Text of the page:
It is the juxtaposition of this old, highly rigid, formulated, classical style with this very modern, personal subject matter that continues to intrigue readers of Robinson's works to this day. This next poem, considered by some to be Robinson's finest work, is a perfect example of this conflict of form and content, and how it melds to form Robinson's singular poetic style.
Whenever Richard Cory went down town,
We people on the pavement looked at him:
He was a gentleman from head to crown,
Clean favored, and imperially slim.
And he was always quietly arrayed,
And he was always human when he talked;
But he still fluttered pulses when he said,
"Good-morning," and he glittered when he walked. And he was rich--yes, richer than a king--
and admirably schooled in every grace:
In fine, we thought that he was everything
To make us wish that we were in his place.
So on we worked, and waited for the light,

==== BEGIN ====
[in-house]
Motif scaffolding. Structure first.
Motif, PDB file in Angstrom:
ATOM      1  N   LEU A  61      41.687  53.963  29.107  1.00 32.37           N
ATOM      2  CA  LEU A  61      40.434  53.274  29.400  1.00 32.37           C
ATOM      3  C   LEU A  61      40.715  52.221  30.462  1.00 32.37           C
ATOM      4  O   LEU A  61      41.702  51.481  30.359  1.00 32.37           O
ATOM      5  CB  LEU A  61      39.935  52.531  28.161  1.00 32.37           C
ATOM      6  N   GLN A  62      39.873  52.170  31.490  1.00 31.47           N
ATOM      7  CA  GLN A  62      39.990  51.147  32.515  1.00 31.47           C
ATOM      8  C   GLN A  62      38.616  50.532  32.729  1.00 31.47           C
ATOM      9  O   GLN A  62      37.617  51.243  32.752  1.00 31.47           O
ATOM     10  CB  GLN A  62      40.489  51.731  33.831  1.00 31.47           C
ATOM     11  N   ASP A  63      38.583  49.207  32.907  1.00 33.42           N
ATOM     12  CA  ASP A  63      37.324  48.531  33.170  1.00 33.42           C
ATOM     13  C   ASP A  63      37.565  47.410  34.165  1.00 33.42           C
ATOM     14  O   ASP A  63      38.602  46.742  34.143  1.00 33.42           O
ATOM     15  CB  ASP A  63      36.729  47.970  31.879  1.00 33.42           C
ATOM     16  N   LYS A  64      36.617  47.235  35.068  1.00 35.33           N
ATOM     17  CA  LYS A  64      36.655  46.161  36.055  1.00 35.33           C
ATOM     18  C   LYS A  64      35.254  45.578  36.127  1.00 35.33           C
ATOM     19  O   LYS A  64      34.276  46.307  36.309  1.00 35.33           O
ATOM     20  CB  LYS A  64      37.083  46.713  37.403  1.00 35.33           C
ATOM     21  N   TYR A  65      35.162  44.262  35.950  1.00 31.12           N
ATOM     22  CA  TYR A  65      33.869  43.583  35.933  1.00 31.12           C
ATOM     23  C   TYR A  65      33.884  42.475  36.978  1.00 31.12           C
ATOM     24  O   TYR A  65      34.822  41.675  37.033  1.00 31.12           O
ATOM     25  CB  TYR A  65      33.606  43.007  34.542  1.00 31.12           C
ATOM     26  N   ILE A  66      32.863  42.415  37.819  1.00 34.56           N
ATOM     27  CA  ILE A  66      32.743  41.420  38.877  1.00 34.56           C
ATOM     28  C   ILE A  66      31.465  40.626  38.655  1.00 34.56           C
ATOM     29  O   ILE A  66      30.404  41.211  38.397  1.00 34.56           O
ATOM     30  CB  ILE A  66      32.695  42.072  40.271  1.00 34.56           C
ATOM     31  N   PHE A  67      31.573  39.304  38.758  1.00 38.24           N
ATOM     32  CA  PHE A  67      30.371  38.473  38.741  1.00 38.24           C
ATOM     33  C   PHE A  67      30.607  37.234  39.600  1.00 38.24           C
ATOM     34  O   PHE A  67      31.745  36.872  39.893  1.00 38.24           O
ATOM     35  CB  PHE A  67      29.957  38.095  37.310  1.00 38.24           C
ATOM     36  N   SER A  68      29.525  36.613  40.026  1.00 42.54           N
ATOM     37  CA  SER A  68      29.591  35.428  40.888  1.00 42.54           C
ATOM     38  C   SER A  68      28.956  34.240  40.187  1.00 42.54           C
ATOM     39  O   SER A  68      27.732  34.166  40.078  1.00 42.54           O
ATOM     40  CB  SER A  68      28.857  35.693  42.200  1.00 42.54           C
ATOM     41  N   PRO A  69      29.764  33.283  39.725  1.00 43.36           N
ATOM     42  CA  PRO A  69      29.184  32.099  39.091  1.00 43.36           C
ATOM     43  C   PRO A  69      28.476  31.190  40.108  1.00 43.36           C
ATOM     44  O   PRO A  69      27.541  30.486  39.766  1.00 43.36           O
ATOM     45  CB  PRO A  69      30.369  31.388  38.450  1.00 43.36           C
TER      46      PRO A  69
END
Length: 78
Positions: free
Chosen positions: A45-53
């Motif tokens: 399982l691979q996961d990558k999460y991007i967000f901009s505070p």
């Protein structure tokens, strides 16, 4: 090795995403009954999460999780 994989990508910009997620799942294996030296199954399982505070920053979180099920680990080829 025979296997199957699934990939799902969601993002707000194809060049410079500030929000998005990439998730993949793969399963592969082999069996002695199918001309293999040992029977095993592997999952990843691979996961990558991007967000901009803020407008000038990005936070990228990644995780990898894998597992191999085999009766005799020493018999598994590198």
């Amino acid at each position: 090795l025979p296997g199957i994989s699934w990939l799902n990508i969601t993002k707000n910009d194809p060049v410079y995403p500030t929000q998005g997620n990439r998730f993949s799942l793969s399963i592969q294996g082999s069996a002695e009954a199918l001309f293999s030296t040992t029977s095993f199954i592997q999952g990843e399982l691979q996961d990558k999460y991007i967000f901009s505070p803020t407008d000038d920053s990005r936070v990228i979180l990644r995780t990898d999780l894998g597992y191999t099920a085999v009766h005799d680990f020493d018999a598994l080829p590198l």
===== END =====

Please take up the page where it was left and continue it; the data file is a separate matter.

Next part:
And went without the meat, and cursed the bread; And Richard Cory, one calm summer night,
Went home and put a bullet through his head.
The poem's structure is, as I have hinted before, simple and classic. The rhyme scheme is set up in a basic abab cdcd efef ghgh pattern, with the lines divided up into four stanzas, quatrains to be exact. The feet and meter of the lines are also classic. The entire poem is written in iambic pentameter, one of the oldest meters used in English verse. This pattern of five feet of unstressed syllable - stressed syllable per line is easiest seen in the following way, with the bold, capitalized areas corresponding to the stressed syllables, and the feet divided by a "/": u / u /...
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